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Media in Italy questioning ‘secret Malta migrant deal’

An Italian coast guard vessel last April brought 24 dead migrants to Malta while survivors were taken to Italy. Photo: Darrin Zammit Lupi

An Italian coast guard vessel last April brought 24 dead migrants to Malta while survivors were taken to Italy. Photo: Darrin Zammit Lupi

Over the past two years, Italy eased the pressure on Malta by bearing the brunt of migrant flows but a political slip this week ignited speculation the island conceded “something” in return.

The Italian media pounced on a statement by Home Affairs Minister Carmelo Abela on Tuesday that there was “an informal agreement” between the two countries on where migrants should disembark.

Despite a quick correction by Mr Abela a few hours after his original declaration, emphasising there was no informal agreement but only “close collaboration”, the media in Italy yesterday reported that the ‘secret’ deal could be related to oil exploration rights to the south of Sicily.

According to a leading article in Il Giornale, which supports the Italian Opposition, Prime Minister Matteo Renzi has agreed with Joseph Muscat to exchange irregular migrants for oil exploration rights.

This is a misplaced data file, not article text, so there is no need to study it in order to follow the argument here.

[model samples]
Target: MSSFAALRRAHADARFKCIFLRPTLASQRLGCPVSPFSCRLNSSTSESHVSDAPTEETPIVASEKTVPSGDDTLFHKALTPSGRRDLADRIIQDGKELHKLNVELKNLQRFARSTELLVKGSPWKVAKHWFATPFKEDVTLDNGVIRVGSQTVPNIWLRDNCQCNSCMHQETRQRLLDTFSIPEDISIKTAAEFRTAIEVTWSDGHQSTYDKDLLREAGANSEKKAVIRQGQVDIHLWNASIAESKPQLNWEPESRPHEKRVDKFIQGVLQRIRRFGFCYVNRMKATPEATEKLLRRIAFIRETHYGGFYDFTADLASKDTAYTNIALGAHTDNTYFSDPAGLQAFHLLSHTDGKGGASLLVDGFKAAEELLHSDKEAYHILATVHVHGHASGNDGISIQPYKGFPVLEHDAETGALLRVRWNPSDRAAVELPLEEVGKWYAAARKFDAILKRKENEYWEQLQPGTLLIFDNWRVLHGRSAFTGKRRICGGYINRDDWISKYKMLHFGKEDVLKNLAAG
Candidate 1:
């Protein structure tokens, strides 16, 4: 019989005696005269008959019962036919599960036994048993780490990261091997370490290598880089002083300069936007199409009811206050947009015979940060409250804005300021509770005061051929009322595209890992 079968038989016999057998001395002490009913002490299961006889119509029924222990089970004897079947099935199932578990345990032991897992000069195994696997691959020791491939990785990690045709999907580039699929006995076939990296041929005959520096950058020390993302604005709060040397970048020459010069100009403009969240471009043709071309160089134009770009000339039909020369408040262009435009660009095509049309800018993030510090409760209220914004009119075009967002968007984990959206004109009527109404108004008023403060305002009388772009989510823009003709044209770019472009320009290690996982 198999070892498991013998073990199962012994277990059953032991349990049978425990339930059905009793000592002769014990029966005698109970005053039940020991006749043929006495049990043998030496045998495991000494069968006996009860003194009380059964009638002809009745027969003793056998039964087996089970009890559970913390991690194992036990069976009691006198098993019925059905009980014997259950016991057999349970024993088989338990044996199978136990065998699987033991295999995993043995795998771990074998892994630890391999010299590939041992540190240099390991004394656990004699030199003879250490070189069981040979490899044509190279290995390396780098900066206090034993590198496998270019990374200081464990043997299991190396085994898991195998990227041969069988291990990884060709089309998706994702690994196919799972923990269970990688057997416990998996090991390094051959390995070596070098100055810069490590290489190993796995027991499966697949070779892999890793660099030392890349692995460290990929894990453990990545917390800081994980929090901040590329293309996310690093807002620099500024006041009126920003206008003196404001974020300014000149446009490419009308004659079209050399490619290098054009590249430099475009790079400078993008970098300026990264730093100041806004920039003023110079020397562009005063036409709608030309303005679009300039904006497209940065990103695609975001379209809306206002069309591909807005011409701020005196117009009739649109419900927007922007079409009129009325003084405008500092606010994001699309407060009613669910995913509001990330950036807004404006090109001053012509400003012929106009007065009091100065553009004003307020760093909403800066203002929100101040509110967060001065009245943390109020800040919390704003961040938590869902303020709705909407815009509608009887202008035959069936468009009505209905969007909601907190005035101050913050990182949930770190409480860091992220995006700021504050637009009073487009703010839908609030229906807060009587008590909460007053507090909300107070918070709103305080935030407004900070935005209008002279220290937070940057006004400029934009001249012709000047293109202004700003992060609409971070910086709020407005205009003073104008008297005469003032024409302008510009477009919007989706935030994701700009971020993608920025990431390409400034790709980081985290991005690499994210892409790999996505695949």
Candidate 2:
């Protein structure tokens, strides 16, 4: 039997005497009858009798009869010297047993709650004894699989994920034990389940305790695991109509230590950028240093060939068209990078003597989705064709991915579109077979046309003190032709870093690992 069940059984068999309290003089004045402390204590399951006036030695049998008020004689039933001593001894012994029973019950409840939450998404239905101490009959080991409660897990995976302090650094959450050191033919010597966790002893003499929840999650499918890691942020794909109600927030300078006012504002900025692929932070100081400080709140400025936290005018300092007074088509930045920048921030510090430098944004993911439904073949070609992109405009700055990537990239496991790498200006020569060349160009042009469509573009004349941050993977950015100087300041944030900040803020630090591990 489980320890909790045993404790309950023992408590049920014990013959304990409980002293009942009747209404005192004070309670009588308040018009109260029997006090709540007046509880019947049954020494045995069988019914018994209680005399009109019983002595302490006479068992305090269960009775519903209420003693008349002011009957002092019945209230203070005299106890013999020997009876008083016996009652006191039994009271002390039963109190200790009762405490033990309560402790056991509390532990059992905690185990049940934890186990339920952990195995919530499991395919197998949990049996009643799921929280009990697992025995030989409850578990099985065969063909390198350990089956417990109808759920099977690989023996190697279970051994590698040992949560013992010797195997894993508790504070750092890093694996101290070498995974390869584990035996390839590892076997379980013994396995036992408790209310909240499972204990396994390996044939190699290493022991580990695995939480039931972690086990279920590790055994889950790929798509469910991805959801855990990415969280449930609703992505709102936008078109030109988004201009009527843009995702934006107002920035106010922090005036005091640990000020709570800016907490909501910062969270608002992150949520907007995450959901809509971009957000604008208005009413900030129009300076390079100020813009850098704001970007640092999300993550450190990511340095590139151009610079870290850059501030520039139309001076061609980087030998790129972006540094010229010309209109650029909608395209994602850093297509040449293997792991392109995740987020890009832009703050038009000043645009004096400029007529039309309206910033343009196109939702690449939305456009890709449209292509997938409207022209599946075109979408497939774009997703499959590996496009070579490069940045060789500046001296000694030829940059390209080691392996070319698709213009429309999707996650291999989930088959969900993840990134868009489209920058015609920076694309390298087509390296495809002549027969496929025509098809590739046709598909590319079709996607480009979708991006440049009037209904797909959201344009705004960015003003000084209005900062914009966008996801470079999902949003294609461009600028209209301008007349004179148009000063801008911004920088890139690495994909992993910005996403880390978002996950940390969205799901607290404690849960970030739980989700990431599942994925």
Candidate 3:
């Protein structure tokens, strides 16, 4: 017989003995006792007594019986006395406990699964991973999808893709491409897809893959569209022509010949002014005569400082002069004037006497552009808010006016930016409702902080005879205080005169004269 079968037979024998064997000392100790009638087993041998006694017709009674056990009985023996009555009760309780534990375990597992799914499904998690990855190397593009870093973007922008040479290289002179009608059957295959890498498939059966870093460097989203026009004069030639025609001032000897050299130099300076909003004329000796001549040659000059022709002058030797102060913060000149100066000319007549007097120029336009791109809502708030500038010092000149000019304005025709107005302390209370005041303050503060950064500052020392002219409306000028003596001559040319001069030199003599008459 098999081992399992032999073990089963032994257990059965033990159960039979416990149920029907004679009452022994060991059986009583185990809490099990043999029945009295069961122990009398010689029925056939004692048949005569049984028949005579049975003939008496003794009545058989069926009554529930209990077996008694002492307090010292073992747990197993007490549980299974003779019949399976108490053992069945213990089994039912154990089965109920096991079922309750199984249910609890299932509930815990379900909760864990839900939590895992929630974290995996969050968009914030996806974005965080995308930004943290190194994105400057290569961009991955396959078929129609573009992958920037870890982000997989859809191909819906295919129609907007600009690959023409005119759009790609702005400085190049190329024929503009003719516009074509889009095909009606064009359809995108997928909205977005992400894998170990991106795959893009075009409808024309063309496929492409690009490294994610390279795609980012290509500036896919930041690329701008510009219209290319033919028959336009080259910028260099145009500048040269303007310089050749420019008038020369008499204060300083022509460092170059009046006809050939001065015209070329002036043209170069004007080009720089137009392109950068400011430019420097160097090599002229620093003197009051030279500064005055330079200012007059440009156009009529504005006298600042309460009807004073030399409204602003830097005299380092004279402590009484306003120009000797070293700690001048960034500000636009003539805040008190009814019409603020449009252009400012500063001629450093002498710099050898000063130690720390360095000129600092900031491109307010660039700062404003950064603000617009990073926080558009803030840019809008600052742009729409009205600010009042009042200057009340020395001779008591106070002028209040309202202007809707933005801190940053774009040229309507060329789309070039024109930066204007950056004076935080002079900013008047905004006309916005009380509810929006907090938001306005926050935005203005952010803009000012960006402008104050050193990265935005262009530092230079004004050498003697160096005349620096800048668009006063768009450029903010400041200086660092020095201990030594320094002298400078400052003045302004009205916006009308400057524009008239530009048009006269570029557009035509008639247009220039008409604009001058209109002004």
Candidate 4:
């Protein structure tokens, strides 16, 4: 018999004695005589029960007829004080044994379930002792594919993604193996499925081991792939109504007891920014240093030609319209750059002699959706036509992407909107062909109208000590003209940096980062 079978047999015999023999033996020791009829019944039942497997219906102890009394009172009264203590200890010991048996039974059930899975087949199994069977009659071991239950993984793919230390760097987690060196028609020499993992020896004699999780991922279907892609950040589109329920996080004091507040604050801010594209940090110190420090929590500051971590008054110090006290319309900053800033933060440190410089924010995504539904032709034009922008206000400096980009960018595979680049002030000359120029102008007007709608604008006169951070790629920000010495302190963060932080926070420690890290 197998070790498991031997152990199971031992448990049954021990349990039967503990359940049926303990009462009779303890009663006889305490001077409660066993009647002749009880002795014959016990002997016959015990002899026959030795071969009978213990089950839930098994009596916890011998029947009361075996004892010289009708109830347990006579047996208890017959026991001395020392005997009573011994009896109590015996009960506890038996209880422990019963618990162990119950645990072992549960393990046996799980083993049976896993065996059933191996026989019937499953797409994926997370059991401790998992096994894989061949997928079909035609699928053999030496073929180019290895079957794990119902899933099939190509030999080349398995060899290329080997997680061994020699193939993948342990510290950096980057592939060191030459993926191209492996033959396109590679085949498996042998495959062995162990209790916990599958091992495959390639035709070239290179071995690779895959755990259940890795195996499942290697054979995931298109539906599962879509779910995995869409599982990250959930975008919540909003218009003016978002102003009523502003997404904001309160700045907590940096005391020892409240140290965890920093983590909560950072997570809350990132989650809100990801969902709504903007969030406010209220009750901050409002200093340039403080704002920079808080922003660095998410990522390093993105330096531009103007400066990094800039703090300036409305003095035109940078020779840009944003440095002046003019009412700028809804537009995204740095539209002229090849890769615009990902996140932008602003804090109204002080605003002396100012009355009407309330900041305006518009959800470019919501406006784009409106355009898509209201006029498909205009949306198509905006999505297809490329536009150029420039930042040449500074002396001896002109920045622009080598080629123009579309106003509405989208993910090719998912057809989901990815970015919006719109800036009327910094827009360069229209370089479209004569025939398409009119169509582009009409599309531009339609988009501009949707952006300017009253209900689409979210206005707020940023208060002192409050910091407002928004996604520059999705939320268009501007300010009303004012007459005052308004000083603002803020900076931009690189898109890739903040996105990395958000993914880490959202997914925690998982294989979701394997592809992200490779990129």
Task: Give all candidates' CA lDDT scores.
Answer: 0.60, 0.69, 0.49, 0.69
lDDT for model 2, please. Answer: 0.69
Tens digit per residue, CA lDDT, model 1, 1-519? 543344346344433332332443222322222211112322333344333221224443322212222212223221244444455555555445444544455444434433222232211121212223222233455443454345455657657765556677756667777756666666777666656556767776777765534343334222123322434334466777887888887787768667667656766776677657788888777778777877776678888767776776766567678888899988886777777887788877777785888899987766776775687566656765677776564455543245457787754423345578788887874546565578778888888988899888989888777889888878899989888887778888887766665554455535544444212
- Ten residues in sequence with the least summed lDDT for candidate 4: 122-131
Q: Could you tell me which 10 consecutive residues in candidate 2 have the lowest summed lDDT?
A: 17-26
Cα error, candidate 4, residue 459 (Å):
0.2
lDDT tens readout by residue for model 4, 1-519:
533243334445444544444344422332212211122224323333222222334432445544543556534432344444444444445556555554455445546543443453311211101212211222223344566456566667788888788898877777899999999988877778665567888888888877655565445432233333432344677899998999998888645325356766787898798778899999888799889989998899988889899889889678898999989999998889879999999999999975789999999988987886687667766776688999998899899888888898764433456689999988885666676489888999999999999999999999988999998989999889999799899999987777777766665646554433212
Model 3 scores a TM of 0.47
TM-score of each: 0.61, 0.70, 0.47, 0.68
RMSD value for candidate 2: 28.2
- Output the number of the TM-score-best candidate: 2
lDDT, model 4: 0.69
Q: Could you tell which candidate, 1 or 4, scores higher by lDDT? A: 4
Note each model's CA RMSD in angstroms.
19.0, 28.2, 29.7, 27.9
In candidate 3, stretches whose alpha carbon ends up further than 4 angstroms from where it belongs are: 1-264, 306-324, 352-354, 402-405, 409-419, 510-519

It is being suspected that, in exchange for Italy taking all irregular immigrants, Malta has conceded oil exploration rights in areas disputed by both Italy and Malta

Quoting unnamed sources, the daily said that “it is being suspected that, in exchange for Italy taking all irregular immigrants, Malta has conceded oil exploration rights in areas disputed by both Italy and Malta”.

Questions about the Italian media reports sent to the Home Affairs Ministry remained unanswered at the time of writing.

Though until a few years ago the two neighbouring countries had frequent disputes over where migrants rescued in Malta’s vast maritime search and rescue area should disembark, the problem came to a complete halt following meetings between the two prime ministers.

While asylum seekers crossing from Libya to Italy hit record highs this year, arrivals in Malta stopped. Italy started accepting all migrants. Although this raised suspicions that Malta is returning the favour in some way, the Maltese government has always denied any formal deal.

Asked about the matter last April, Dr Muscat insisted there was no such agreement. He said: “Rome understood our limitations and we have understood theirs. We are now cooperating in a more meaningful manner.”

Dr Muscat met Mr Renzi’s predecessor, Enrico Letta, various times soon after he became Prime Minister in March 2013.

In November 2013, Mr Letta and Dr Muscat announced that the two countries were heading towards a deal on joint oil exploration in offshore areas long claimed by both countries.

Although Mr Letta had suggested that a formal agreement would be signed by the end of 2013, no agreement has been announced since.

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